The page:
Camden Rally Warns of LNG Bomb Trains Threat

Local residents, students want City Council to join opposition to Gibbstown gas terminal

Published Mar 7, 2023


Climate and Energy

Local residents, students want City Council to join opposition to Gibbstown gas terminal

Local residents, students want City Council to join opposition to Gibbstown gas terminal

CAMDEN, NJ – Students and community leaders staged a rally at the City Hall courtyard this afternoon where they warned that a massive gas terminal proposed in South Jersey puts Camden at risk of a train derailment like the one that happened recently in Ohio.

The Gibbstown Liquified Natural Gas Terminal would send “bomb trains” and trucks carrying explosive materials right through the overburdened community of Camden. A derailment of these trains carrying explosive material though Camden would have even more catastrophic effects than the East Palestine disaster. 

Even without a catastrophic derailment, the toxic emissions from additional diesel burning trains and trucks coming through Camden every day would further harm public health in one of the poorest and worst polluted cities in the country.

The proposed export terminal would be part of a massive new fracked gas infrastructure buildout in the region. The project would involve supercooling gas extracted in Pennsylvania into liquefied natural gas (LNG), a highly volatile substance, and shipping it by truck and train nearly 200 miles to Gibbstown for export. While the planned transport routes have not been disclosed to the public, train routes would pass on tracks near densely-populated urban areas in North Philadelphia and Camden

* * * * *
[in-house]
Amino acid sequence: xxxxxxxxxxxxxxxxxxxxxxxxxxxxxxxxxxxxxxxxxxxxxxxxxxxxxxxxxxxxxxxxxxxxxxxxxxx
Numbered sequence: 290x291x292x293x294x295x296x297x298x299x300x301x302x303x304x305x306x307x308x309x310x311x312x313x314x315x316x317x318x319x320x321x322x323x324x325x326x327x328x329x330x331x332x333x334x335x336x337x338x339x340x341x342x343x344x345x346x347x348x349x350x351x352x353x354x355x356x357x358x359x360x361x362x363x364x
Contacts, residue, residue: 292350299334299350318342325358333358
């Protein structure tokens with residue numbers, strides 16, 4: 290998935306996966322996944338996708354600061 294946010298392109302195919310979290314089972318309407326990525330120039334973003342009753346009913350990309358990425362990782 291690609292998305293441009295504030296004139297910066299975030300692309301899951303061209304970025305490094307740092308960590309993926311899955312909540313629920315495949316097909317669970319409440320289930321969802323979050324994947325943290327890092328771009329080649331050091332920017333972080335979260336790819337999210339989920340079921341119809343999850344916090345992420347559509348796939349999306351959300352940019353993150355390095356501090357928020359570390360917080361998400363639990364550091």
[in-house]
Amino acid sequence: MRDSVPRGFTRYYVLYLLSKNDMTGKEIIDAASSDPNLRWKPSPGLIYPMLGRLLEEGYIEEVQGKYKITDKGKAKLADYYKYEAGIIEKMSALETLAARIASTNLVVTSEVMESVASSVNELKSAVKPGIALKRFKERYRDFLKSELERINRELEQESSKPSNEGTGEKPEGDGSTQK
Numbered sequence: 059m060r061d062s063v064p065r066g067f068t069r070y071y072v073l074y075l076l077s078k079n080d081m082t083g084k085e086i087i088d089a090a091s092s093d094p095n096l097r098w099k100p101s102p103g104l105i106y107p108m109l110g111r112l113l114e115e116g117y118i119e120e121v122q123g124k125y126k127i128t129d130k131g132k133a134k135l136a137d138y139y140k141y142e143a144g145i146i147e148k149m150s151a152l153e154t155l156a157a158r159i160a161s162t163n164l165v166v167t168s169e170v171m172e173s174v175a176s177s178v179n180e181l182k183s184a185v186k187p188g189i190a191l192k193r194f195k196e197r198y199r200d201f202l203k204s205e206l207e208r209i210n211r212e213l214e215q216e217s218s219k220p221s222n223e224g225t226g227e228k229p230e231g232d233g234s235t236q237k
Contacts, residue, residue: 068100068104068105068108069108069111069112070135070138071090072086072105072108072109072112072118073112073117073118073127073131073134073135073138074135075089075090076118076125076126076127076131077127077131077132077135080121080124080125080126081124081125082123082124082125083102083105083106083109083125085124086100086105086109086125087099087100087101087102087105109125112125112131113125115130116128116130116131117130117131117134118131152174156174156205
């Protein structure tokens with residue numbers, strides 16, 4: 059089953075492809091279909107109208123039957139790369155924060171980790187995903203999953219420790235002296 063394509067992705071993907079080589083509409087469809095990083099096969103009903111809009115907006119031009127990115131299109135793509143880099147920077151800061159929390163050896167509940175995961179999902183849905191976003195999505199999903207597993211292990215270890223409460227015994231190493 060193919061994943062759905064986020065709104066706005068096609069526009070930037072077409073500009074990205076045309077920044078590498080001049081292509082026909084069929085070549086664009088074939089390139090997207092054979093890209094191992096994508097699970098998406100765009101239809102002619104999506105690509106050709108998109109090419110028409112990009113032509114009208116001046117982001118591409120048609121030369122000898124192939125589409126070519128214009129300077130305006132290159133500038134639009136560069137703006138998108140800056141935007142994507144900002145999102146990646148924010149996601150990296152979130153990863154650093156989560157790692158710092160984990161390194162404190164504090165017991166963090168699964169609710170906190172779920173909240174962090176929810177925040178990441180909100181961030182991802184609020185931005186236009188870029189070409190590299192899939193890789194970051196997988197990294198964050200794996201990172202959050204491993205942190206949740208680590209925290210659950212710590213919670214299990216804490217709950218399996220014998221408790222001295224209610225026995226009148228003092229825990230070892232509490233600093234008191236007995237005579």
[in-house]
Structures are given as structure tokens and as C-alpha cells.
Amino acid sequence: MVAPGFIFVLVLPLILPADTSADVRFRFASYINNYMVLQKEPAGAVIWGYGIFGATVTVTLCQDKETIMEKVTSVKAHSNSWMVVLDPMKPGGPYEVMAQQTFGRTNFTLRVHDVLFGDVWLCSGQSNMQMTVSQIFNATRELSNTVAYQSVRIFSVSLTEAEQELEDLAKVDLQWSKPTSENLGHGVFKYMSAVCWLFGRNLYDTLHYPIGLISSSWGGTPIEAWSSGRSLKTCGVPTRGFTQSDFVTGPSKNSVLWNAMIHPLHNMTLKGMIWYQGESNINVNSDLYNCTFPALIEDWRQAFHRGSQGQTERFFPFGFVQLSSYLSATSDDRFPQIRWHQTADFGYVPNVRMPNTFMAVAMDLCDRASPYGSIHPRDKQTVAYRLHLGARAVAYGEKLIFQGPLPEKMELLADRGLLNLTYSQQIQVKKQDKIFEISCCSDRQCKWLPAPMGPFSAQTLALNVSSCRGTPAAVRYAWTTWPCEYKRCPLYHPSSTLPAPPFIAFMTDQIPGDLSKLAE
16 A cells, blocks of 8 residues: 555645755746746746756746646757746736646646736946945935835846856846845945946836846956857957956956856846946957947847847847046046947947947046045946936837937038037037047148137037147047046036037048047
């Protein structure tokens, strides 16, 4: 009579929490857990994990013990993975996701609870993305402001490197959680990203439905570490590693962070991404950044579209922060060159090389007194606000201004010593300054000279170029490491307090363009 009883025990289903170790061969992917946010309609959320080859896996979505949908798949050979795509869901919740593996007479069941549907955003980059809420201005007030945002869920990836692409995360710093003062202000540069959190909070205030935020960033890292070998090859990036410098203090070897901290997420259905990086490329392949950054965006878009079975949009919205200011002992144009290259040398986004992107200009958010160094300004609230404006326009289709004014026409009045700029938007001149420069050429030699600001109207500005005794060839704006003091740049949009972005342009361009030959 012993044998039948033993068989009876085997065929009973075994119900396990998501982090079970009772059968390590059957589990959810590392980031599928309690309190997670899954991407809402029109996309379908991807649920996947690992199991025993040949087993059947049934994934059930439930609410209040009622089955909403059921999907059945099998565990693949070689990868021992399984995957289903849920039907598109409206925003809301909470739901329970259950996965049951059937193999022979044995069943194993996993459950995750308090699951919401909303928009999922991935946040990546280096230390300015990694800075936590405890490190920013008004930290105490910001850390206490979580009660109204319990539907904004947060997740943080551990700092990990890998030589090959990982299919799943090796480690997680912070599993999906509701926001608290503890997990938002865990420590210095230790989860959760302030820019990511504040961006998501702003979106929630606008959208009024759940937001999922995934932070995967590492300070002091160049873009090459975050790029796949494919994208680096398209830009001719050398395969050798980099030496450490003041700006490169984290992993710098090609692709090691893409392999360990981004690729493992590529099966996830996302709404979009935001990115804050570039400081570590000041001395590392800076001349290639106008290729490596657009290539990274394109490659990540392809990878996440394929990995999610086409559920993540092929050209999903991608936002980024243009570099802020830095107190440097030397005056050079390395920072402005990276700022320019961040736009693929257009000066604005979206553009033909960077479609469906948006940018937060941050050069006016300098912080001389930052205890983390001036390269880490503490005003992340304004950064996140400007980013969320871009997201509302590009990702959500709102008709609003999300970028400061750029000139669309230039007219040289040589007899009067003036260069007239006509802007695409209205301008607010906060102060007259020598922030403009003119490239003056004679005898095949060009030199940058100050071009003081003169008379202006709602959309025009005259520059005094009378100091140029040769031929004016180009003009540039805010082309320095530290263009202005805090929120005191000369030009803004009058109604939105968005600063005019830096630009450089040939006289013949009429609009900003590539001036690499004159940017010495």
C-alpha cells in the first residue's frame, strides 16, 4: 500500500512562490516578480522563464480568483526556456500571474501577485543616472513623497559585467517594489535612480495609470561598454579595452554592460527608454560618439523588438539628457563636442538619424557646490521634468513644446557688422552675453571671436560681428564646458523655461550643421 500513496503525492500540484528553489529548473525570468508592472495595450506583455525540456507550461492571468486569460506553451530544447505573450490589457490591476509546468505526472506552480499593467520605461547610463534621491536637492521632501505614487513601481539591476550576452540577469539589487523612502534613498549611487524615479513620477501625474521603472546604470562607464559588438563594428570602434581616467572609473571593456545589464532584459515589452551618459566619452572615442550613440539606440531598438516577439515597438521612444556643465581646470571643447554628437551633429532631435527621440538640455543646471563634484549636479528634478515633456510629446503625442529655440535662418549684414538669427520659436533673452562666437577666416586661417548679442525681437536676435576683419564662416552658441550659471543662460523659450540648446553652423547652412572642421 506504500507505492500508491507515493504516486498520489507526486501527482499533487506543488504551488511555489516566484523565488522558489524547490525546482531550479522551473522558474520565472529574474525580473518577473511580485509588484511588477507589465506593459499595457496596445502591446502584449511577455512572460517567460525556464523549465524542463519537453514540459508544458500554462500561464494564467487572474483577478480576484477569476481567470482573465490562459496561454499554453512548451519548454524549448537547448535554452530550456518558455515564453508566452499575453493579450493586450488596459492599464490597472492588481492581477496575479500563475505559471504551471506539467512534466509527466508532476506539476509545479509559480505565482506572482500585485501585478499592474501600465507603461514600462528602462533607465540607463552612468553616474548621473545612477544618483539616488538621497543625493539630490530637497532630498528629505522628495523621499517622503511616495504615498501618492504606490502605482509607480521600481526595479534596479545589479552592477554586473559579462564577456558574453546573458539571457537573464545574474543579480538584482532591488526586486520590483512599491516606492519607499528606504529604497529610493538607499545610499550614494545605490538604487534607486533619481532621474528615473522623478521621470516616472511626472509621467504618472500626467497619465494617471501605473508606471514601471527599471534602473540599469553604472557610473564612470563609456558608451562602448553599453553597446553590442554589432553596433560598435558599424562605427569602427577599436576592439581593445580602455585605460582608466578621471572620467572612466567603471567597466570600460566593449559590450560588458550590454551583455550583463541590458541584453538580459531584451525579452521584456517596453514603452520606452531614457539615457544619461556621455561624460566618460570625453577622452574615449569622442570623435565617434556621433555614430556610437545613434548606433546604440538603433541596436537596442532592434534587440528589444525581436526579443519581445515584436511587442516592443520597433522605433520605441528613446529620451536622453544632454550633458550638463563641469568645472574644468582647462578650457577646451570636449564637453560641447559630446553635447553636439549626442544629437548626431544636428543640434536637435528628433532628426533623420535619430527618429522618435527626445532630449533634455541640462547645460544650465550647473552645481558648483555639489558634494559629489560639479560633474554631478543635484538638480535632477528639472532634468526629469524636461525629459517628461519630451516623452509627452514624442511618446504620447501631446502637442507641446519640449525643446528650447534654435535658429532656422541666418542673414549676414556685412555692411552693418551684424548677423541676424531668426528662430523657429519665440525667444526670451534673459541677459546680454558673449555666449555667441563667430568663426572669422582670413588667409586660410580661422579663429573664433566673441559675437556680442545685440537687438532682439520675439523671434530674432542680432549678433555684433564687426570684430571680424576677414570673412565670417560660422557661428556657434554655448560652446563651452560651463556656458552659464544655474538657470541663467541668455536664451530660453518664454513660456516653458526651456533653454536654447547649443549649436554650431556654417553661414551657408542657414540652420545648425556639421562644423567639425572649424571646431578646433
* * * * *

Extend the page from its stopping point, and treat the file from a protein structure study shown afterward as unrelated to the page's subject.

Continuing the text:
So far, 18 local municipal governments have passed resolutions opposing the project – a remarkable sign of a strong grassroots opposition. 

“As a very involved environmental justice advocate in the region, I am urging the Camden City Council to join in with other Camden County towns in opposing the transport of highly explosive LNG through already environmentally burdened communities like Camden,” said Roy Jones of the National Institute for Healthy Human Spaces. “An explosion from such gas could potentially have a greater impact on citizens here in Camden than what happened in East Palestine.”

“Officially stopping the development of the Gibbstown LNG Export Terminal allows students to focus on their education, rather than fear the terminal’s deadly outcomes,” said Kinjal Mody, a student at Rutgers Camden. “Let us learn and make powerful differences!” 

The Camden community must beware of the lack of action by the elected officials to safeguard residents from a potential environmental catastrophe in our region. Camden City Council, County Commissioners and 5th Legislative leaders must adopt a resolution to prevent Liquified Natural Gas (liquid methane) from being transported via railway or truck routes through the city or county,” said Kevin Barfield, Camden for Clear Air Volunteer and the past president of the Camden County NAACP. “Our elected officials should act now like other surrounding municipalities and sign a resolution to protect Camden and county residents. It’s been over 30 years since the residents have been denied environmental justice, starting with the incinerator, by their own elected officials. The cumulative effects have been ignored even to this day. The fact that Covanta applied for a permit to bring most trucks and waste which is being supported by officials regardless of the environmental impacts. I charged our elected officials to stop this injustice before more lives are lost.“ 

As Rutgers Camden student Anna Collazo said, “Nos vamos a unir contra la injusticia ambiental para las generaciones futuras.” (which translates to, “We’re going to unite against environmental injustice for generations in the future.”)

The action was organized by Camden for Clean Air, South Jersey Progressive Democrats, Food and Water Watch, Rutgers Camden Green Thumbs and the National Institute for Healthy Human Spaces, Delaware Riverkeeper Network, Rutgers AAUP-AFT, and EmpowerNJ.

Press Contact: Peter Hart [email protected]